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Wednesday, July 31, 2013

The Iliad as Historical Record

The Trojan War is a fascinating event, at once both myth and understood as historical in nature. To the Greeks, there was no question of the fact that it had occurred-- even Thucydides accepts it as fact. They believed it had happened. Perhaps not to the scale of the poem, but a war had been waged between the Greeks and the Trojans. The poem was treated as historical record for a very, very long time, as much as it was a view into legend and later, the myths of the gods, and a work of art and literature.

Homer's Iliad (perhaps not quite as long as it is today, and certainly not exactly as it was written) was an oral recitation before it ever made it to paper--or scrolls, but we can still see in its language the devices used by a bard or story teller to complete the meter of the lines and allow the poet to remember what comes next. The poem is full of repetition. Phrases, even entire passages are reiterated. Some of these things are identifying characteristics such as "white-armed goddess Hera" and "bright-eyed Athena" and others are ritual, such as the description of how offerings and sacrifices were made to the gods. That the repetition is preserved in the poem as it was written down is fascinating, and it's a veritable gold mine of an example for writers who may be interested in trying to adapt their written work into something that could be sold on iTunes to the world of people attached to their mp3 players. These devices could serve us just as well as they did ancient bards.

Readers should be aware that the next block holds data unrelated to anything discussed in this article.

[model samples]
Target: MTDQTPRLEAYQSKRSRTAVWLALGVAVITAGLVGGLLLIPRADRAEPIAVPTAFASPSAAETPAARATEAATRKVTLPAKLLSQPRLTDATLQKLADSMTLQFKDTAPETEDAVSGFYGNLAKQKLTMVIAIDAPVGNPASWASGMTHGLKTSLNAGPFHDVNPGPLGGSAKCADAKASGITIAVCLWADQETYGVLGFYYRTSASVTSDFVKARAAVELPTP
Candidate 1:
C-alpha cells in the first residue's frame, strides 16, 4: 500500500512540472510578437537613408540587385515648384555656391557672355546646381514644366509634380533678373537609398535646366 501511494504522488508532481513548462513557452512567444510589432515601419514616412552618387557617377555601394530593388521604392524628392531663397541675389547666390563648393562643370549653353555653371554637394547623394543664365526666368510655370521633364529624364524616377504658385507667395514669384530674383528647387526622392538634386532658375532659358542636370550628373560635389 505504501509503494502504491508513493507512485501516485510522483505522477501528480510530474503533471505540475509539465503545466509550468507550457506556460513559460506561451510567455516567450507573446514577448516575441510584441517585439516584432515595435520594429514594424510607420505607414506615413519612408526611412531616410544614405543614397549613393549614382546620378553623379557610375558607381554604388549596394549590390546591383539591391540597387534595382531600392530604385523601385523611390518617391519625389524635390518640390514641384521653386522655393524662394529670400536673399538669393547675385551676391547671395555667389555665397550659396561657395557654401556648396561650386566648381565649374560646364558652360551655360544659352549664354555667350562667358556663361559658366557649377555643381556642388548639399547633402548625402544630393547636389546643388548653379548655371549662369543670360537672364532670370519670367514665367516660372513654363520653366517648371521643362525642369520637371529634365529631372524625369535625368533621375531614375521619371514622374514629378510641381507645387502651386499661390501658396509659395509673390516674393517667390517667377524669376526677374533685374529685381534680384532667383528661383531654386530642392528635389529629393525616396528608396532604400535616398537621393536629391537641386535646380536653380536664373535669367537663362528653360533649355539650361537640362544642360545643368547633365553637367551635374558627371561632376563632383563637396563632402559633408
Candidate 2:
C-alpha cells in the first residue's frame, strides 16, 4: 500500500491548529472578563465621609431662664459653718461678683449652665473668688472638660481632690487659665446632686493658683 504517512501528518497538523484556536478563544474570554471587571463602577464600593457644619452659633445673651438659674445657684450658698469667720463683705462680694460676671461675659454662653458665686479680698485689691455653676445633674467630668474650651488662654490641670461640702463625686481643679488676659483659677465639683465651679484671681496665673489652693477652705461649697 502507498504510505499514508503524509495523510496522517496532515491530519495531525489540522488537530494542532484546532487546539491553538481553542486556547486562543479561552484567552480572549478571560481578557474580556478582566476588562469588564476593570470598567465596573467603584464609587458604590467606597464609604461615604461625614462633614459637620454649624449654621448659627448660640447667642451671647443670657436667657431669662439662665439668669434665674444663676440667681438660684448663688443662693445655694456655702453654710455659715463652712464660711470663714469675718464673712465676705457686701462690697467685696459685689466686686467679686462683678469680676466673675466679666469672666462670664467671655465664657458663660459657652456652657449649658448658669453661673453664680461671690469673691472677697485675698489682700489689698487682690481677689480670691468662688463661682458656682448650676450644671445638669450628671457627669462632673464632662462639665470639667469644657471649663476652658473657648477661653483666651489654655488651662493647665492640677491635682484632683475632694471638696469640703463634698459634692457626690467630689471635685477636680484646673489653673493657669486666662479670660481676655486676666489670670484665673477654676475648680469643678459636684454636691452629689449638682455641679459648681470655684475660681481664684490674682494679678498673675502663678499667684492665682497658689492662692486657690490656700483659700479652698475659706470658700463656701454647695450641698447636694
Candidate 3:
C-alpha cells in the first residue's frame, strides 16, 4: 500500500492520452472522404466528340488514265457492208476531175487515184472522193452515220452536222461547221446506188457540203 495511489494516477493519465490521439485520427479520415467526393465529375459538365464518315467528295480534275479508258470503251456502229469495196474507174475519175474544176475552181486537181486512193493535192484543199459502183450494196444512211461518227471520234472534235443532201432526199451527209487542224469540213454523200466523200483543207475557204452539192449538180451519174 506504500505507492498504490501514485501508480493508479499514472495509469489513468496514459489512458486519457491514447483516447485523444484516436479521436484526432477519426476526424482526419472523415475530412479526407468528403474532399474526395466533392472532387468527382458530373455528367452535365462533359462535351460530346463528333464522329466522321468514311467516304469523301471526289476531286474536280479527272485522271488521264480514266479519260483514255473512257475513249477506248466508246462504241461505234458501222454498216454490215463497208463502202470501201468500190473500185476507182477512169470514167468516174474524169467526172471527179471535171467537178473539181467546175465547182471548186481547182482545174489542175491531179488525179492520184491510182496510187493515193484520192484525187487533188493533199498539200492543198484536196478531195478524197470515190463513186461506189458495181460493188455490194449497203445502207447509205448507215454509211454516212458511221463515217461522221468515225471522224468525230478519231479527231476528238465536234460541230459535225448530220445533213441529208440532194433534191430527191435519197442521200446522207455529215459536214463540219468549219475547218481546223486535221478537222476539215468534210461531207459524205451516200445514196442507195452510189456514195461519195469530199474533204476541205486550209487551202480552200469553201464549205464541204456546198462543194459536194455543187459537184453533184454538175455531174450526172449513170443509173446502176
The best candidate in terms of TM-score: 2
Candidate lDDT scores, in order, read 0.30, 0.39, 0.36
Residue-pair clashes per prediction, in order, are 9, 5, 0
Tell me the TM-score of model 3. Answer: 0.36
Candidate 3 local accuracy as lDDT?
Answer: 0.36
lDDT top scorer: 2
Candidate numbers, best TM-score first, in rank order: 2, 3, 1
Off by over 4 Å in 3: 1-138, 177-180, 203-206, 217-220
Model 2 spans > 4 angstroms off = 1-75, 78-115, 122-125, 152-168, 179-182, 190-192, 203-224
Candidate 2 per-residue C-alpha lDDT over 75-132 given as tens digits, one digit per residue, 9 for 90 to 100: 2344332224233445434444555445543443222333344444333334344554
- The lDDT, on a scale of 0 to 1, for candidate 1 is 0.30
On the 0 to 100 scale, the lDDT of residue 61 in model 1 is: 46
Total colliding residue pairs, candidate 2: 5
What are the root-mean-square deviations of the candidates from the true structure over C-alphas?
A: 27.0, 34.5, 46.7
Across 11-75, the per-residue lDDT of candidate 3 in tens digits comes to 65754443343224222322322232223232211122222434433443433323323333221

The other beautiful (and problematic) thing about The Iliad is the smorgasbord of customs! Because it comes from an oral tradition, and the poem was refined by each teller for his time, using this catalog of phrases, they could and did insert new, more modern ones, as time went on, adding them to the archaic phrases and customs already in place. This means that looking at the Iliad for daily customs for a particular time is probably not going to give you a good picture of any specific time and place, but rather, an overview of customs for an extensive period in history from the Bronze Age into the Iron Age, thrown back on the Trojan war as an historical event.

In my personal opinion, the a lot of the value of The Iliad is not its preservation of an historical event, but in the preservation of the gods and their characters. Sure, it also gives us a look at how war was glorified and the ideas of the Greek culture in that regard, but it's hardly of the same historical significance in regard to the actual event it transcribes as, say, Thucydides' History of the Peloponnesian War. From the epics of Homer we are given a lot of information about the society and culture as a whole, especially its reverence for the gods that were worshipped. But its those gods that give the story mythological and legendary proportion. The gods involving themselves in mortal affairs, from Athena sweeping down to stay Achilles hand from striking at Agamemnon to Achilles own immortal heritage, and Helen's.

It's not unlike the Old Testament, when Prophets walked the earth and the voice of God boomed from the heavens. The destruction of Troy as a vendetta by Hera and Athena isn't that far different (though much more mercurial) than God's own destruction of cities and peoples that displeased Him. But the story does more than just capture these moments between gods and men, and goes so far as to show us the infighting and strife that must have been ongoing between Zeus and his wife and his entire family. We are given the understanding of the gods as a disagreeing family under the rule but not entirely submissive to, their patriarch.

We are also given to understand that a great war such as the one waged against Ilium was more than just mortal rage and lust for plunder, but set in motion by forces beyond mortal understanding and control. Ordained and encouraged by the gods, so to speak. A theme which I find fascinating to the extreme.

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